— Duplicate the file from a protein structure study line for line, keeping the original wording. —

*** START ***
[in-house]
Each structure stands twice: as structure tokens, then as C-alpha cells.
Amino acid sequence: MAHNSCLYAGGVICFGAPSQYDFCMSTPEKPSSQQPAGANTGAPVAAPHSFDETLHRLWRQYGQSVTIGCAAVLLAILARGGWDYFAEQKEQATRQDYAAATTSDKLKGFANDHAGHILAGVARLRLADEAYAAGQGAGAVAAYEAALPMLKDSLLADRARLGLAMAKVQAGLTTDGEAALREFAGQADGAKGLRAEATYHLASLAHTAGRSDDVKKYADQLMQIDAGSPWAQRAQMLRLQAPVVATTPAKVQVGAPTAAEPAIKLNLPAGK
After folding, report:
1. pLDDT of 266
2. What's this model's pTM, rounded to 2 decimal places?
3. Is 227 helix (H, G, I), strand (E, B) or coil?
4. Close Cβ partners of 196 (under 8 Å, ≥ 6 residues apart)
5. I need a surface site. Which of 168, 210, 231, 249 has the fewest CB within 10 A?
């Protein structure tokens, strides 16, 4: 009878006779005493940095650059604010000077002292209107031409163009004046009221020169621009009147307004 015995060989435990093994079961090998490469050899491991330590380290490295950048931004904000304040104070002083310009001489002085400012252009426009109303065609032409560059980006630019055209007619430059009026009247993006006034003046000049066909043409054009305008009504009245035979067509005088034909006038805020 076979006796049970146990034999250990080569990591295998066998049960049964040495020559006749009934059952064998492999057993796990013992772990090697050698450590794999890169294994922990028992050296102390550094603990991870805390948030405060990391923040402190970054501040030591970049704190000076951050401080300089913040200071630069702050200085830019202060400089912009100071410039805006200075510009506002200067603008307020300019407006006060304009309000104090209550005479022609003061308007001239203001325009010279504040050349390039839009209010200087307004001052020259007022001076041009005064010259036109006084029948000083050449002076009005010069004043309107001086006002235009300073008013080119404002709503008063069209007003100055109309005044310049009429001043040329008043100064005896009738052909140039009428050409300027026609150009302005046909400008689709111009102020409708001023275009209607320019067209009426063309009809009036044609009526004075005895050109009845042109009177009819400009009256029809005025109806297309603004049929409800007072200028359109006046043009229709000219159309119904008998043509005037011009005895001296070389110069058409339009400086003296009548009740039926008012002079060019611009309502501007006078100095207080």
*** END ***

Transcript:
[in-house]
Each structure stands twice: as structure tokens, then as C-alpha cells.
Amino acid sequence: MAHNSCLYAGGVICFGAPSQYDFCMSTPEKPSSQQPAGANTGAPVAAPHSFDETLHRLWRQYGQSVTIGCAAVLLAILARGGWDYFAEQKEQATRQDYAAATTSDKLKGFANDHAGHILAGVARLRLADEAYAAGQGAGAVAAYEAALPMLKDSLLADRARLGLAMAKVQAGLTTDGEAALREFAGQADGAKGLRAEATYHLASLAHTAGRSDDVKKYADQLMQIDAGSPWAQRAQMLRLQAPVVATTPAKVQVGAPTAAEPAIKLNLPAGK
After folding, report:
1. pLDDT of 266
2. What's this model's pTM, rounded to 2 decimal places?
3. Is 227 helix (H, G, I), strand (E, B) or coil?
4. Close Cβ partners of 196 (under 8 Å, ≥ 6 residues apart)
5. I need a surface site. Which of 168, 210, 231, 249 has the fewest CB within 10 A?
């Protein structure tokens, strides 16, 4: 009878006779005493940095650059604010000077002292209107031409163009004046009221020169621009009147307004 015995060989435990093994079961090998490469050899491991330590380290490295950048931004904000304040104070002083310009001489002085400012252009426009109303065609032409560059980006630019055209007619430059009026009247993006006034003046000049066909043409054009305008009504009245035979067509005088034909006038805020 076979006796049970146990034999250990080569990591295998066998049960049964040495020559006749009934059952064998492999057993796990013992772990090697050698450590794999890169294994922990028992050296102390550094603990991870805390948030405060990391923040402190970054501040030591970049704190000076951050401080300089913040200071630069702050200085830019202060400089912009100071410039805006200075510009506002200067603008307020300019407006006060304009309000104090209550005479022609003061308007001239203001325009010279504040050349390039839009209010200087307004001052020259007022001076041009005064010259036109006084029948000083050449002076009005010069004043309107001086006002235009300073008013080119404002709503008063069209007003100055109309005044310049009429001043040329008043100064005896009738052909140039009428050409300027026609150009302005046909400008689709111009102020409708001023275009209607320019067209009426063309009809009036044609009526004075005895050109009845042109009177009819400009009256029809005025109806297309603004049929409800007072200028359109006046043009229709000219159309119904008998043509005037011009005895001296070389110069058409339009400086003296009548009740039926008012002079060019611009309502501007006078100095207080």